Humankind is besieged with all sorts of conflicts. But instead of dealing them through peaceful means, we are often faced with its Darwinian resolution – “The Might is Right” concept, that is, the powerful resort to force and impose their will on the weak. But while this mechanism may apply to others of God’s creation, it does not work for Homo Sapiens: Because we are endowed with a moral sense, which overshadows all our behavior. This moral dilemma requires tackling the underlying problem adequately. And unless it is tackled properly, the conflict persists: It does not go away and comes back in myriad forms, becoming ever more pernicious.
This moral sense is strong in Islam. Islam means peace in all its forms and asks for justice in resolving all conflicts. So that the aggrieved party is satisfied with the result and being at peace works for peace with all concerned.
Islamic Peace Fundamentals
Islam literally means two basic concepts: First, Islam from the Arabic verb salima/yaslemu means to surrender or submit to God. And second, from its Arabic noun salam – from letters seen, lam, meem (or s, l, m) – it means peace or to acquire peace. A daily example of this is provided by Muslims in their greetings of Assalamu Alaykum, meaning peace be with you.
According to the Qur’an, Islam is what all prophets and messengers of God, from Adam to Muhammad and others in between (peace and God’s Blessings on them all), preached and practiced. And that is what they asked from their people: That is to submit to one God and to work for peace. This was the message of Noah, Abraham, Isaac, Ishmael, Moses, Jesus and Muhammad (Peace and God’s Blessings on them all).
Therefore, Islam advocates living in peace with God – the Creator and Lord of all that exists. As well as, seeking peace within our own selves, and living in peace with other human beings, and in peace with our surroundings and environment in its entirety.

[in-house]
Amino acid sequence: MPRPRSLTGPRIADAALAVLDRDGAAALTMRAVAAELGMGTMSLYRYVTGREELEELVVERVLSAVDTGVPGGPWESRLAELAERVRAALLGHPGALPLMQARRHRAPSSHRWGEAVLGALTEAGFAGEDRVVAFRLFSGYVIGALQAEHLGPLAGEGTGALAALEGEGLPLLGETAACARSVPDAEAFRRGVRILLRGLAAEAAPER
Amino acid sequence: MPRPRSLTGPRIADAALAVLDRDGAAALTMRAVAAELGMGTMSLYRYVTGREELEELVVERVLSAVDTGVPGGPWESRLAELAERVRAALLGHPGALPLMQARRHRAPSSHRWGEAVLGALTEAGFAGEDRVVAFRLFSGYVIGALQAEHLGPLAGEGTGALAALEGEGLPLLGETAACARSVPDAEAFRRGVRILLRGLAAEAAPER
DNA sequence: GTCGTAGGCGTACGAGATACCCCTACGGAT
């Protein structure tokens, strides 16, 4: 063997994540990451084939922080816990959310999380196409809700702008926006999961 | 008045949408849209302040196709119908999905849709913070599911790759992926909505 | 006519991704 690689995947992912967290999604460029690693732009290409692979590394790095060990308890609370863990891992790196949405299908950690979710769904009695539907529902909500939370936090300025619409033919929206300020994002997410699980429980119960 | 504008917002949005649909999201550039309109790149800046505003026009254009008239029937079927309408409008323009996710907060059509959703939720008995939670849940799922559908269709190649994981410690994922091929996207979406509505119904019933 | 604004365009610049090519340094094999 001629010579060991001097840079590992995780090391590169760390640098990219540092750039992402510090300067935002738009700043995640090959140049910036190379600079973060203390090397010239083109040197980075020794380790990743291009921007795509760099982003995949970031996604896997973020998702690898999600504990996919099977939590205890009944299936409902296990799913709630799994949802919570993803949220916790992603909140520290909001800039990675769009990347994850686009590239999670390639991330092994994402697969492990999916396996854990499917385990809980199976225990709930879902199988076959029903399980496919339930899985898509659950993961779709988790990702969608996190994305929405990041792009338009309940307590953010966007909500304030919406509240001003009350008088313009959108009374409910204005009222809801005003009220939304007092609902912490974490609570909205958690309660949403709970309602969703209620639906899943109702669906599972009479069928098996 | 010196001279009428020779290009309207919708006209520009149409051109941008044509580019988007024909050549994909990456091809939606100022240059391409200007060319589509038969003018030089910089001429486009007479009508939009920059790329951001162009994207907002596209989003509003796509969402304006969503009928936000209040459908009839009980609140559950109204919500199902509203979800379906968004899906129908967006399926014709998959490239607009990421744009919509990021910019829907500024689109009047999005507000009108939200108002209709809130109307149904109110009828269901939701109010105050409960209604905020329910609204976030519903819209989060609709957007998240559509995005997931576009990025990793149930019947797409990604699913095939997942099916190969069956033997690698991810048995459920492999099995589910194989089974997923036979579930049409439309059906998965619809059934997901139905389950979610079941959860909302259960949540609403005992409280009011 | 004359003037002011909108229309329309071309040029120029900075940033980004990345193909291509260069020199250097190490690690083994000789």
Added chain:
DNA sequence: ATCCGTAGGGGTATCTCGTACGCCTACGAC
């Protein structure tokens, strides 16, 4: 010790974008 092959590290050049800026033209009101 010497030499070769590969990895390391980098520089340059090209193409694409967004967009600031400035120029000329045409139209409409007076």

All conflicts – whether they are interpersonal, or within the family and community, or national and international disturb this relationship of peace.
The Islamic principles of peace-building enunciated in the Qur’an also affirm that all of human beings have a common origin (“nafsin wahidatin”). In fact, this basic concept is enshrined in the very first words that a Muslim says when he/she is born or on accepting Islam, commonly known as Shahada.
Along with this commonality, Islam confers ‘dignity’ and respect on a human simply by virtue of being a human. This, as the Qur’an says “We have conferred dignity on the progeny of Adam” (Al Isra 17:70). This dignity is bestowed by God on all humans regardless of their ethnicity, religion, tribe, or nationality.
Unity Within Diversity
Islam also recognizes great diversity within human beings. We come from different backgrounds and traditions. This richness is a gift from our Creator. It is very much apparent within the world-wide Islamic community. We witness it in the United States where there are Muslims from all parts of the world – no other country possesses this plurality of Muslim community. However, despite this diversity Muslims share a commonality of Islamic belief.
Such a diversity means we should live in peace within our community and with our fellow citizens. And not to live in any harmful relationship with each other. Thus American Muslims demonstrate a model community for the plurality that constitutes the United States of America.
The essential lesson from this plurality is to dialogue, collaborate and cooperate and develop a real healthy understanding of one another. This is the first essential step for living in peace and resolving any and all conflicts encountered, here and abroad.
Current Systems for Settling Disputes
There are great many similarities between Islamic and Western systems for settling disputes and building peace. Such as communicating with each other and engaging in dialogue – negotiating, compromising and resolving our differences peacefully, nationally and internationally. However, the West in pursuing the peace objective often ignores the contributions of Muslim scholars and practitioners in addressing various international issues. Instead, efforts are directed at altering, modifying, and/or reforming the Islamic societies towards its specific hegemonic agenda.
Thus as a dominant world power, the West including the United States in its conflicts often imposes peace through coercive power politics, while the underlying causes of conflict remain unresolved. Such is the case now, for example, with regard to conflicts with Iran, and in what is going on in Mali, Africa, etc.